SE: Old-Timers Remain True to Kansas State
SE: Old-Timers Remain True to Kansas State
Jan. 7, 2012
The evening didn’t go as planned at Cowboys Stadium on Friday, but it didn’t spoil the highly successful years, plus didn’t dampen a fun Friday morning at the Gaylord Texan as Kansas State hosted a Golden Cats luncheon for approximately 50 or 60 former players.
One of those back was a former No. 7 who is full of appreciation for today’s No. 7, Collin Klein.
“He’s a big kid who runs the ball hard,” said Michael Bishop of 1997-98 fame. “He’s like me in when he has the ball in his hands, his intention is to get the ball in the end zone. He has that no quit attitude and has the ability to make the play when it needs to be made.”
Russ Stange finished his career in 1988, or one year before the arrival of Coach Bill Snyder, but he continues to wear the purple with pride.
“He (Snyder) did it again. He’s just amazing. It makes me speechless, and that’s hard to do,” quipped the former offensive lineman. “It just shows that hard work beats talent when talent doesn’t work hard.”
Also back was defensive back Jerametrius Butler, who left K-State after his junior season and was a fifth round draft choice of the St. Louis Rams.
“It was a good decision because that first year (2000) I went to the Super Bowl and not many players can say that,” said Butler, who had a seven-year career, but is now retired and living in the Dallas area.
And, Frank Hernandez who made “The Catch” to defeat North Texas with 0:00 showing on the clock that ended the Wildcats’ horrendous losing streak in 1989 returned to greet old friends.
Flashing a smile, Hernandez, who now lives in Houston, said, “There have been a whole lot of great catches since then, but that’s a pleasant memory I’ll be taking to my grave, for sure.”
Former All-American Terence Newman spoke briefly at Thursday’s pep rally and called the K-State 2011 season “totally awesome.”
Then the Salina, Kan., native re-thanked Snyder for “… taking a young boy and transforming me into the man I am today. The success I’ve had came from the direction that came from him, and I’m thankful for that.”
More than on the field, the cornerback for the Dallas Cowboys said, “… but in life. He teaches you the importance of being disciplined and understanding everyone in life has rules and regulations. He really cares about his players as individuals, and not just about football.”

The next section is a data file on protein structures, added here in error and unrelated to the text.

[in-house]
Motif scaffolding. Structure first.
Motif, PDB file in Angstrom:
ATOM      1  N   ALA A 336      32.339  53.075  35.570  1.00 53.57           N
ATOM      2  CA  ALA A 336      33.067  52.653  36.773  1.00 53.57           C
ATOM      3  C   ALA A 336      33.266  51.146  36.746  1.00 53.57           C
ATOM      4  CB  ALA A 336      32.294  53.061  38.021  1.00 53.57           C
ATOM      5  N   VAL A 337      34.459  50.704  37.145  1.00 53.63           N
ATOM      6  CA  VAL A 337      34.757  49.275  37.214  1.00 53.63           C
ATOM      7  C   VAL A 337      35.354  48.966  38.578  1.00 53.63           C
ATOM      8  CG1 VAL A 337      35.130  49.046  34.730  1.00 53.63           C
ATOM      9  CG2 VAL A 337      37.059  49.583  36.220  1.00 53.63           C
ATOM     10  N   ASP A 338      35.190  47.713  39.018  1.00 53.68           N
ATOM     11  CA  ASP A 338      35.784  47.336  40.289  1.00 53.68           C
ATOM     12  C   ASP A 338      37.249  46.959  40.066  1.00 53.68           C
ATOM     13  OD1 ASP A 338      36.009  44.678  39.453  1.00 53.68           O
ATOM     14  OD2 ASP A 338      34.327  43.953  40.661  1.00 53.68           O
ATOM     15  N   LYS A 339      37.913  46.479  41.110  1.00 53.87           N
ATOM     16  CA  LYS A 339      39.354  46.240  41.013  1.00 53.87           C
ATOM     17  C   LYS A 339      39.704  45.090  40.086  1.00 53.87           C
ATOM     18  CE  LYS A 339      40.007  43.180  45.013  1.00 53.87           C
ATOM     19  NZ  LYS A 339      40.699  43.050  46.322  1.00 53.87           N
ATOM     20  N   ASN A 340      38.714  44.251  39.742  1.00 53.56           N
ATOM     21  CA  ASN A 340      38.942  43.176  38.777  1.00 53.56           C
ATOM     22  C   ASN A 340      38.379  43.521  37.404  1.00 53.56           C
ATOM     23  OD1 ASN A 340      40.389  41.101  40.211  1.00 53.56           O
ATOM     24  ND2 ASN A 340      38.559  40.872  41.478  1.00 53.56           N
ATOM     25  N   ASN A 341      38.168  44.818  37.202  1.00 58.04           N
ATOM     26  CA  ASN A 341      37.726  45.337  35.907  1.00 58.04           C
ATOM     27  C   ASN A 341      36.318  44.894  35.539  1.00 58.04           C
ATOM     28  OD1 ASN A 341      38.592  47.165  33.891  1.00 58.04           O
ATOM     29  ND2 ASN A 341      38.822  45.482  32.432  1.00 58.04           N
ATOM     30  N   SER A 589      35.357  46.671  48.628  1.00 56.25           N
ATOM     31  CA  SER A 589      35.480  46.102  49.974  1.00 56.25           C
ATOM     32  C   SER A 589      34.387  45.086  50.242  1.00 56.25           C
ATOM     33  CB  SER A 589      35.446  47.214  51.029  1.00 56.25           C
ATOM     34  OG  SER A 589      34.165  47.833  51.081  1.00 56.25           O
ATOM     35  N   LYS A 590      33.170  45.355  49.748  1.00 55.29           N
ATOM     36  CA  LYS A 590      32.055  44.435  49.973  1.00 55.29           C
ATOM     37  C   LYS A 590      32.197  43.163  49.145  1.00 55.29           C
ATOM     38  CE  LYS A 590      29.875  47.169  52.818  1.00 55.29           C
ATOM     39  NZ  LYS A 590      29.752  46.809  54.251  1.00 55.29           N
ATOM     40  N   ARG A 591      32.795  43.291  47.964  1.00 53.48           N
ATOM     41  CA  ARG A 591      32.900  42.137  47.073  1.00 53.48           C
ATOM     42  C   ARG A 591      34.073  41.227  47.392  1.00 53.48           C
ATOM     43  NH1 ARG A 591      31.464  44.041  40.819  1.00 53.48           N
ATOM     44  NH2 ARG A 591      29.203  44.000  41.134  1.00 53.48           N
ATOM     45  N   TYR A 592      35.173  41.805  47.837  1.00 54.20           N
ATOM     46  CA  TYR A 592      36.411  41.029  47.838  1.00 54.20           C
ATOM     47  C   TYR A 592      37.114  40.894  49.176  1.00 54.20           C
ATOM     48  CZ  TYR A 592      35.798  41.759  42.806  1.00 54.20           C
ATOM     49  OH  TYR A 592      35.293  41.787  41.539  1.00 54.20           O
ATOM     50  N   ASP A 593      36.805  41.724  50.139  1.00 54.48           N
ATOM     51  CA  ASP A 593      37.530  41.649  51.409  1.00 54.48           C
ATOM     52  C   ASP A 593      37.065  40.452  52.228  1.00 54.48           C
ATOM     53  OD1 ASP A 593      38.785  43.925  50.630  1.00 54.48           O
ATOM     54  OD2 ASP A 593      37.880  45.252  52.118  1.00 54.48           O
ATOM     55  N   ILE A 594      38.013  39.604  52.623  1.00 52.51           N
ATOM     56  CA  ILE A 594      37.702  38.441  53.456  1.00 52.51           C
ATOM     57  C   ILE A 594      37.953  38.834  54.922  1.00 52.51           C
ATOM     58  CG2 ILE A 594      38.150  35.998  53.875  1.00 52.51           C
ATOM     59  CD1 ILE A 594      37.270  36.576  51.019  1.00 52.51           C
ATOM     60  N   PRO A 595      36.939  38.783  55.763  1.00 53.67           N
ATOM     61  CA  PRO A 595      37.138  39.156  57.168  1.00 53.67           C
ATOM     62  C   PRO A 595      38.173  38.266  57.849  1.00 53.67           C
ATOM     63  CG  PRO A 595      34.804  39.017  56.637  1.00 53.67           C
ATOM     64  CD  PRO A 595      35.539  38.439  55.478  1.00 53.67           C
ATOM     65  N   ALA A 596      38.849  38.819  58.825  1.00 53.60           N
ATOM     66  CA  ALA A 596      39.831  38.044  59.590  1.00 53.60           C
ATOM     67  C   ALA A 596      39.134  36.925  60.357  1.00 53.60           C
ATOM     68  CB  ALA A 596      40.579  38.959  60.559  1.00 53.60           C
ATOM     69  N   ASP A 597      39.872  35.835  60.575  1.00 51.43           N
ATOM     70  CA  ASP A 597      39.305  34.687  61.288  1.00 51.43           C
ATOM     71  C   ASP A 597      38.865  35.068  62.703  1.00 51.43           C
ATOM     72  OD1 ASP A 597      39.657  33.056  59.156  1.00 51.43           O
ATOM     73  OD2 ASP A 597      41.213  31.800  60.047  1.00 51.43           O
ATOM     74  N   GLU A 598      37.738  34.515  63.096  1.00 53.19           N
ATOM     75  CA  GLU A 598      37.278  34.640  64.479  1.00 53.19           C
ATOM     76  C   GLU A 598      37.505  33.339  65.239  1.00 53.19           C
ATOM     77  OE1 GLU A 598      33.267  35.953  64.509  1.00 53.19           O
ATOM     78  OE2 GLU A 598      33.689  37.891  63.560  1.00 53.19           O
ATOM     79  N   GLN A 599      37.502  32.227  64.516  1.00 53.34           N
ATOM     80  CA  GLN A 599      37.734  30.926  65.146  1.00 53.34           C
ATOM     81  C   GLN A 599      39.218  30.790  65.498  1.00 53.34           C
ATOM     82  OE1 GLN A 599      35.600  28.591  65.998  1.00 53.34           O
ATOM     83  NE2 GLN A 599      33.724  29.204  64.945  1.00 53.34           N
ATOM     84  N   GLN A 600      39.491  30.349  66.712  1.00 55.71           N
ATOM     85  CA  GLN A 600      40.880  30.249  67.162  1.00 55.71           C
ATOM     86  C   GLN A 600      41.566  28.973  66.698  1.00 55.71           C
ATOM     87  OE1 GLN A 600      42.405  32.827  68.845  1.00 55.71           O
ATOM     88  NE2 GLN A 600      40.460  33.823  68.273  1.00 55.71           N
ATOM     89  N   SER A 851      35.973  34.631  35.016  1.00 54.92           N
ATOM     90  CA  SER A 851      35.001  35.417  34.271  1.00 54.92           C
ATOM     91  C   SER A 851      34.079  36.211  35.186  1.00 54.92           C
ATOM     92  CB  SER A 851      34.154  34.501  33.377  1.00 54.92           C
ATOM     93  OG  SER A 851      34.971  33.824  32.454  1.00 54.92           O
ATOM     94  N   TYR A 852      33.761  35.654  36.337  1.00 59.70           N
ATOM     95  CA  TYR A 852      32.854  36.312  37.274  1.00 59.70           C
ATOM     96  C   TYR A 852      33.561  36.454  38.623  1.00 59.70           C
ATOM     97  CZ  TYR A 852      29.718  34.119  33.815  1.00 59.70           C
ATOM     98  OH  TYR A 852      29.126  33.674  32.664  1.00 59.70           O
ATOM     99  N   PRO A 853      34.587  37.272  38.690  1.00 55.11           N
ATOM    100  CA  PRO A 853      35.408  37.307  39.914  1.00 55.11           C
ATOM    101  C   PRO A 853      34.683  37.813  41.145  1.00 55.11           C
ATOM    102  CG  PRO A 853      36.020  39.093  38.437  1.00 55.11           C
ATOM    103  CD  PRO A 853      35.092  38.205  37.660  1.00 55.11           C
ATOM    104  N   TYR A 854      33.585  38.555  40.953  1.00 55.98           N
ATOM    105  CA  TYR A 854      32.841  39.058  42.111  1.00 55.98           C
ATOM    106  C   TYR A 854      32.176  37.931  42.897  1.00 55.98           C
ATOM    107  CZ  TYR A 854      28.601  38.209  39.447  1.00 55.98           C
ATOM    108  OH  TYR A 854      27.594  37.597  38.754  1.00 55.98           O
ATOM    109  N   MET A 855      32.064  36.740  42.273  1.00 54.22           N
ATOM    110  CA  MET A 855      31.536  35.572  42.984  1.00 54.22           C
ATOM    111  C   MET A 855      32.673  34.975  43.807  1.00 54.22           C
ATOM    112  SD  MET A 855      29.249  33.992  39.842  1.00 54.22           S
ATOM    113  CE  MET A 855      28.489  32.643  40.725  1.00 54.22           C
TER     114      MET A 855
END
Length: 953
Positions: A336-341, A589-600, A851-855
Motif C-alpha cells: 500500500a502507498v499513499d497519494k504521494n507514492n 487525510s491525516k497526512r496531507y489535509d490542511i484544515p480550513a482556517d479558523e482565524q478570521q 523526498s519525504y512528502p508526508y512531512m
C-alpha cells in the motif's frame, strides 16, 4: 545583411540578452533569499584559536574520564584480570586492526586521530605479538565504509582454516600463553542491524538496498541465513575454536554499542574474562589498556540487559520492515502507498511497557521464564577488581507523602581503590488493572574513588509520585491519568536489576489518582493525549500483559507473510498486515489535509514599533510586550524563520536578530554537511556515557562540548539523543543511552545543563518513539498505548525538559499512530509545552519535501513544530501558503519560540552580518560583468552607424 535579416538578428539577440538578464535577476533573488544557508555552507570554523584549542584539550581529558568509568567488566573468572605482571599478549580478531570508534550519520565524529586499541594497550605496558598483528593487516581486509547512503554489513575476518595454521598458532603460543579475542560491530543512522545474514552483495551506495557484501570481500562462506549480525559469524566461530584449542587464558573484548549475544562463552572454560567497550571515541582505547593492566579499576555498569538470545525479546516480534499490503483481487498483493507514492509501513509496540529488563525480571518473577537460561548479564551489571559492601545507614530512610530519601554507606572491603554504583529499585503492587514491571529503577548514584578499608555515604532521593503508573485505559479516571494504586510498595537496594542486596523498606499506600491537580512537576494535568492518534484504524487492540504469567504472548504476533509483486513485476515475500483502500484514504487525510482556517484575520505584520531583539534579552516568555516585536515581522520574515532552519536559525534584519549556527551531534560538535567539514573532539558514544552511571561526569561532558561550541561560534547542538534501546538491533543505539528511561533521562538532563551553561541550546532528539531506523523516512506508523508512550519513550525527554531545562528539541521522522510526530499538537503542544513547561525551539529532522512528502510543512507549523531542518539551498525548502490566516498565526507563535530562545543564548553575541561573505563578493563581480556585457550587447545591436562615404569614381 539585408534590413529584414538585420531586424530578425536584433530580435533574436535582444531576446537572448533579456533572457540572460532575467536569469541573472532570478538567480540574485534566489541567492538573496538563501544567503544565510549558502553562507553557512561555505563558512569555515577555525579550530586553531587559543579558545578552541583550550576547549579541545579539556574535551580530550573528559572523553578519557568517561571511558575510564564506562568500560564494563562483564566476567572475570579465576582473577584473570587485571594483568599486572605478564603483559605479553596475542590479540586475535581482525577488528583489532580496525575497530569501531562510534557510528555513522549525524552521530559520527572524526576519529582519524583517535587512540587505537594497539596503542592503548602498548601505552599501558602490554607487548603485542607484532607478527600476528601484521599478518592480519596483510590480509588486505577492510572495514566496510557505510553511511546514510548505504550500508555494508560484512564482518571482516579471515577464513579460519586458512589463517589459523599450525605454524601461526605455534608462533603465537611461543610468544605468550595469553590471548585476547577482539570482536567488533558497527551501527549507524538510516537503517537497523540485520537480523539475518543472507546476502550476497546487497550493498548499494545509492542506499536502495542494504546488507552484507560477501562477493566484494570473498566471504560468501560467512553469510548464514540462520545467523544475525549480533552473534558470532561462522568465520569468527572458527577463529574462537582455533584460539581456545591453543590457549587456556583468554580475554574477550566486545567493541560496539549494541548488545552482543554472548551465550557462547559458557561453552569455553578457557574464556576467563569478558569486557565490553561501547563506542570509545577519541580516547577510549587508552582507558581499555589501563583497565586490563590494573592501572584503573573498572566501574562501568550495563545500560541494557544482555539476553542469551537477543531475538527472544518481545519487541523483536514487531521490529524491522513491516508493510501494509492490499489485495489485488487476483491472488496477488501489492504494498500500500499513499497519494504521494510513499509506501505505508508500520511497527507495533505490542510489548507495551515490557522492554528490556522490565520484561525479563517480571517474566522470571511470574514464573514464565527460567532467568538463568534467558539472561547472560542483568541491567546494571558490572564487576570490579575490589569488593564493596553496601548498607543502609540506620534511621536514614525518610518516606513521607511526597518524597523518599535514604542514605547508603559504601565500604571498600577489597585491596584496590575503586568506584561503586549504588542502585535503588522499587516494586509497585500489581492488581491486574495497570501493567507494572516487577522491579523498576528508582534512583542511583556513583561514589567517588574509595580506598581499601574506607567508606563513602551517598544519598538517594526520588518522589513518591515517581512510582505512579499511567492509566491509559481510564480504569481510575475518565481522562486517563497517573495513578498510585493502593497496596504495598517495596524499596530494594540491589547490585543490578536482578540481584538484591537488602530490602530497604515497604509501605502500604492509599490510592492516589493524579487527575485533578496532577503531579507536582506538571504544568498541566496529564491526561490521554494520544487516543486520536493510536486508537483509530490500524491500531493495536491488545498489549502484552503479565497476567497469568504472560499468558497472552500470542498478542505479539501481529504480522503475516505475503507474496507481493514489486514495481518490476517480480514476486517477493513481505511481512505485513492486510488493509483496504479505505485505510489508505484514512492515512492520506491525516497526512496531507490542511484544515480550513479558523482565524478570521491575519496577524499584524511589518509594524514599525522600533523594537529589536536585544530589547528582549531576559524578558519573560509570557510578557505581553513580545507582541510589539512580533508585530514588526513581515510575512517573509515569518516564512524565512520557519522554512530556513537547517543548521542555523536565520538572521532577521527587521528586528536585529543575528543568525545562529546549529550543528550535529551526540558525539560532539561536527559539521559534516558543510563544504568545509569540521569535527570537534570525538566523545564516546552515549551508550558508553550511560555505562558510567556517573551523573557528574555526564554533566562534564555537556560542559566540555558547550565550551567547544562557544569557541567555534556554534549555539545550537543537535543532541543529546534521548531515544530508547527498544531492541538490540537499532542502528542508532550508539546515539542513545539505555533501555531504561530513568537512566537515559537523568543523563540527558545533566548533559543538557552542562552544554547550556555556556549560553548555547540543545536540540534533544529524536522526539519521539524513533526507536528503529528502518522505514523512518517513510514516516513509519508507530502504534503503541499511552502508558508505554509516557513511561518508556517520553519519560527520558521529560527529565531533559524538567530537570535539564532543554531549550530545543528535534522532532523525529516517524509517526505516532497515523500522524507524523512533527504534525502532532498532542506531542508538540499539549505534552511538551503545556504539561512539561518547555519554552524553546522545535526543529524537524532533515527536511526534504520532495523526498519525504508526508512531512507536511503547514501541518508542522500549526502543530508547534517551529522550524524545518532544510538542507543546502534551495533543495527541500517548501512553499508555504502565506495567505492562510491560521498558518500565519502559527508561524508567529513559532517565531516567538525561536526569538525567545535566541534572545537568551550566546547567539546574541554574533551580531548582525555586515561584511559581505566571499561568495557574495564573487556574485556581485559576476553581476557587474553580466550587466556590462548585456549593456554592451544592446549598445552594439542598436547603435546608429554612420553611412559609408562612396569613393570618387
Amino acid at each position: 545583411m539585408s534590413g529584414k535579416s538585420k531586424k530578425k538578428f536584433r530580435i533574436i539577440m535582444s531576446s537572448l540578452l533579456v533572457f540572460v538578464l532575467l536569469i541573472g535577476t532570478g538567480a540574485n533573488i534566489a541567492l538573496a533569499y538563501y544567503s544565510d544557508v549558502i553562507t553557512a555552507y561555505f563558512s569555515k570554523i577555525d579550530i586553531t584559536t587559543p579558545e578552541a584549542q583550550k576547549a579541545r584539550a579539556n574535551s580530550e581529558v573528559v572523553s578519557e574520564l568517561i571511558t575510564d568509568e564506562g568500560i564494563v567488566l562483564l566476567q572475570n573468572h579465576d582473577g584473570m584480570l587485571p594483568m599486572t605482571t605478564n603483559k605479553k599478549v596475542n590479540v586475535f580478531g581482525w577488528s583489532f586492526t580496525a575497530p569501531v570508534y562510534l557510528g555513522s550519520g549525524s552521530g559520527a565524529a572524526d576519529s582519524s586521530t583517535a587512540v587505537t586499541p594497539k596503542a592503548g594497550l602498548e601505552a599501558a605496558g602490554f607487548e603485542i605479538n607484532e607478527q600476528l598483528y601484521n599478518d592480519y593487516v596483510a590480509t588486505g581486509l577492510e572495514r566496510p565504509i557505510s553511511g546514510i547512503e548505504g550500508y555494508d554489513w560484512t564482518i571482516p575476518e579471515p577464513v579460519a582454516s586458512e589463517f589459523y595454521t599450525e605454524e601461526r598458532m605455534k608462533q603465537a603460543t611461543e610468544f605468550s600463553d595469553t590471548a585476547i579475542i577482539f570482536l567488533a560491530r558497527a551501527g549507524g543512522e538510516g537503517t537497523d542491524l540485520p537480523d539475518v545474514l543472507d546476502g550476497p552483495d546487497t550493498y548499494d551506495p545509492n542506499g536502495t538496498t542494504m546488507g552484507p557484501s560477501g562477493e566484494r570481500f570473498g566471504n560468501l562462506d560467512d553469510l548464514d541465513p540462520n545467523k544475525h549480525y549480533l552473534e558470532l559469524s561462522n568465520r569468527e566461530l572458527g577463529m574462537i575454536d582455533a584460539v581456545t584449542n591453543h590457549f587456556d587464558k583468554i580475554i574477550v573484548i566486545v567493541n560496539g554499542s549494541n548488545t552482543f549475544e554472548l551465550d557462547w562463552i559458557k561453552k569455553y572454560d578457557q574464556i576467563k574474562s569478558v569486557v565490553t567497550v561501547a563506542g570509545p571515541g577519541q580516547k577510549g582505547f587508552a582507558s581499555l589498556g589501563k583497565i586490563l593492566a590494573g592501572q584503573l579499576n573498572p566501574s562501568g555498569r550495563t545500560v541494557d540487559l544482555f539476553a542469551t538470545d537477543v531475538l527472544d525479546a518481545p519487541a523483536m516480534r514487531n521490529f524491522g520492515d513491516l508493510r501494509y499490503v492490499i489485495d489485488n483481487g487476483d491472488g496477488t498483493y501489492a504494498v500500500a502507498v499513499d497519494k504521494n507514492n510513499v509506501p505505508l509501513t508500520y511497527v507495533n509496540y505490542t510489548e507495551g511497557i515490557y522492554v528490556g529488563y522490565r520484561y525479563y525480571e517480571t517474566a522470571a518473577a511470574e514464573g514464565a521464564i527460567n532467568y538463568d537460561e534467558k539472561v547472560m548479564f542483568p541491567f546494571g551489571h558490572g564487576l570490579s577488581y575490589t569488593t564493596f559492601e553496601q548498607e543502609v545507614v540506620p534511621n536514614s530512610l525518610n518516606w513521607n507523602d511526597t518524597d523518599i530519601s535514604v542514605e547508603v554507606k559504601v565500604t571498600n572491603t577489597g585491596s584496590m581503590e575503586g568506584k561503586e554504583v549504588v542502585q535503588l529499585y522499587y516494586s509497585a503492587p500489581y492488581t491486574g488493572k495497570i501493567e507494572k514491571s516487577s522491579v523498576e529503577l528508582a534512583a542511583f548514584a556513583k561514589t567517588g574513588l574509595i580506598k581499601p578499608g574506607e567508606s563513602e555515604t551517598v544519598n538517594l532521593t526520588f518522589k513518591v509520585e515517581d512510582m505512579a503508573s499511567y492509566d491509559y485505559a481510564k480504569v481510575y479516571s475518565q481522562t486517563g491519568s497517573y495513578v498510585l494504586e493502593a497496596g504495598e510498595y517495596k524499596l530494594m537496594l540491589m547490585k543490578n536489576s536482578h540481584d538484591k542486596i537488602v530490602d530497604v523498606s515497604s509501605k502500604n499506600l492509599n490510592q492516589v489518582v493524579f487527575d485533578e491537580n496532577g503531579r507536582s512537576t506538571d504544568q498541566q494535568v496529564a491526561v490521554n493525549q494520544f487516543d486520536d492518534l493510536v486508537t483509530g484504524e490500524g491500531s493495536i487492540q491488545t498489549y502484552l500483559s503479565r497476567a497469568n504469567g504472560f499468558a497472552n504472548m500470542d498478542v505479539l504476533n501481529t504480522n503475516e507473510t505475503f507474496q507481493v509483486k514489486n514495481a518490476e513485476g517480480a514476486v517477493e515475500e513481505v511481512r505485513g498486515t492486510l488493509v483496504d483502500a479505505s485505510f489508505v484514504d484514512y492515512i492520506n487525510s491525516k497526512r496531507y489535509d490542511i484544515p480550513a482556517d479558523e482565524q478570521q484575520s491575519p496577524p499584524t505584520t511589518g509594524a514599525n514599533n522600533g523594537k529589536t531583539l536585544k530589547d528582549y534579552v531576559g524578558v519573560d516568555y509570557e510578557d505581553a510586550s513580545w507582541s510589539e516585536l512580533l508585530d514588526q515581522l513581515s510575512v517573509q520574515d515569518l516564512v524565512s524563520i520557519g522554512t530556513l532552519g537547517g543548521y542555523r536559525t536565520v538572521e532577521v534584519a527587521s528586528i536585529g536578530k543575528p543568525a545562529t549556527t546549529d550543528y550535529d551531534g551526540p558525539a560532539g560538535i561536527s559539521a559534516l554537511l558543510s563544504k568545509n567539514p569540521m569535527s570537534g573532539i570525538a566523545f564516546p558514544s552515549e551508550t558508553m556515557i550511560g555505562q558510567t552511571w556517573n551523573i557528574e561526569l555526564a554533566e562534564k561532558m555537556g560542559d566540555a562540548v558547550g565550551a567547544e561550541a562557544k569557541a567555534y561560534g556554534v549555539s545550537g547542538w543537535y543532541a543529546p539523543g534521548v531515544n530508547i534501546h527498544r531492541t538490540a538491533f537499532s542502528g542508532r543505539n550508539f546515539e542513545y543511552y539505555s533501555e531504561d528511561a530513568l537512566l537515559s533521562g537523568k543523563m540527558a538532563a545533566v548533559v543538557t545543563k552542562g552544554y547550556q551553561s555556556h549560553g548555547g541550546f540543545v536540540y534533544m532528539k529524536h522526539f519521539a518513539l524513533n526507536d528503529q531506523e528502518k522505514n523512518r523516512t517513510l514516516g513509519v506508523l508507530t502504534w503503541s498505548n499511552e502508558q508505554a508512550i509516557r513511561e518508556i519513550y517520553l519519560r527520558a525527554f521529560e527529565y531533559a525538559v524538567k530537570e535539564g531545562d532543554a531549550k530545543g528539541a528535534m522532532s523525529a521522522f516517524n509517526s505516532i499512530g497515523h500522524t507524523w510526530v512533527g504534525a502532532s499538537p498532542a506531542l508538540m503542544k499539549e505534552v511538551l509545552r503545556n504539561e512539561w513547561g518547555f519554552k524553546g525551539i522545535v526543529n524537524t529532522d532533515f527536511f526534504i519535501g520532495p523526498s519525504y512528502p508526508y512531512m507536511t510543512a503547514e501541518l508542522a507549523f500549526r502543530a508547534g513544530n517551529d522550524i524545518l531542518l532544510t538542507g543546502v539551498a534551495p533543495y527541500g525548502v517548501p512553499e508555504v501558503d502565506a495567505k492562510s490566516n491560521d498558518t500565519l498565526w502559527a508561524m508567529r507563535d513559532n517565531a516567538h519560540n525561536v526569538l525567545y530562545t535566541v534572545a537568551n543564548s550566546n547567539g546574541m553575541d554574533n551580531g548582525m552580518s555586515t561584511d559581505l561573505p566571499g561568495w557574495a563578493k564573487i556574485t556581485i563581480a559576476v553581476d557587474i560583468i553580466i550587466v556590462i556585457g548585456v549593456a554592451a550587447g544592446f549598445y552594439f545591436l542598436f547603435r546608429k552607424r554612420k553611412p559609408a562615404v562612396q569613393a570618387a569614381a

Of his own personal career at K-State, arriving as an unheralded Kansas prepster and turning into a first-round draft choice in 2003, and of this present Wildcat season, Newman said, “It just goes to show that hard work pays off. I use that as motivation every day. When you’re not afraid to work hard, the sky is the limit as long as you go out and put the work in.”
BIG-TIME CROWD: While the majority of bowl games are played in front of empty seats, anything but that was the truth Friday at Cowboys Stadium. It was a ruckus BCS championship-type gathering of 80,956 with the crowd split maybe slightly favoring the Hogs.
STONESTREET IN THE HOUSE: K-State graduate Eric Stonestreet of “Modern Family” fame was in Cowboys Stadium to cheer on his alma mater. While attending Kansas State University and studying to be a prison administrator, a friend dared Eric to audition for the play “Prelude to a Kiss.” As fate would have it, Eric was cast in the play (in the smallest role) and was, as they say, bitten by the bug. Today the Kansas City native says, “I’m just a guy from Kansas who is fortunate enough to have opportunities to be on TV.”
PRIDE OF WILDCATLAND: K-State’s marching band, cheer squad and Classy Cats performed 25 minutes prior to kickoff and again at halftime. The group numbered 424 strong.
WEATHER MAN … AS IF IT MATTERED: Shortly before kickoff, the video board posted the weather conditions: 48-degrees in Manhattan, 55-degrees in Fayetteville, 70-degrees in Arlington and 72-degrees in the indoor Cowboys Stadium.
K-State receives a $1 million participation subsidy from the Big 12 for trip expenses, plus a one-way air travel allowance that pushes the figure to around $1.4 million.
In addition, K-State is allowed to keep revenues from ticket sales of roughly 3,000 tickets.
The final payout comes from the Big 12 Conference which includes an equal one-10th share of all Big 12 bowl game revenues throughout the conference.
PRICEY CONCESSIONS: Dining at Cowboys Stadium puts a dent in the pocket book. Options included a “Healthy Choices” counter of fruit cups, apples and bananas, or, multiply unhealthy choices that weren’t marked as such. A Kobe BBQ Burger was $13.50, a tub of popcorn $10.00, a $9 ultimate nacho.
Well, it’s been quite a week, but I need to get this writing off to the post office, or wherever it goes after I hit the ‘send’ button.
Hope to see some of you in Bramlage this afternoon.
P.S. Again, in case you missed it, the team plane will arrive in Manhattan around mid-afternoon, but without the majority of the players who left Dallas for their respective homes prior to the start of the second semester later in the month.
We hope you enjoy K-State Sports Extra. We would like to hear your comments and any story ideas for future emails, so fire them our way. Contact either Mark Janssen at firstname.lastname@example.org, or Kansas State Director of Athletic Communications/SID Kenny Lannou at email@example.com. For those who would like to share Sports Extra with a friend or family member, or change your current email address, click here.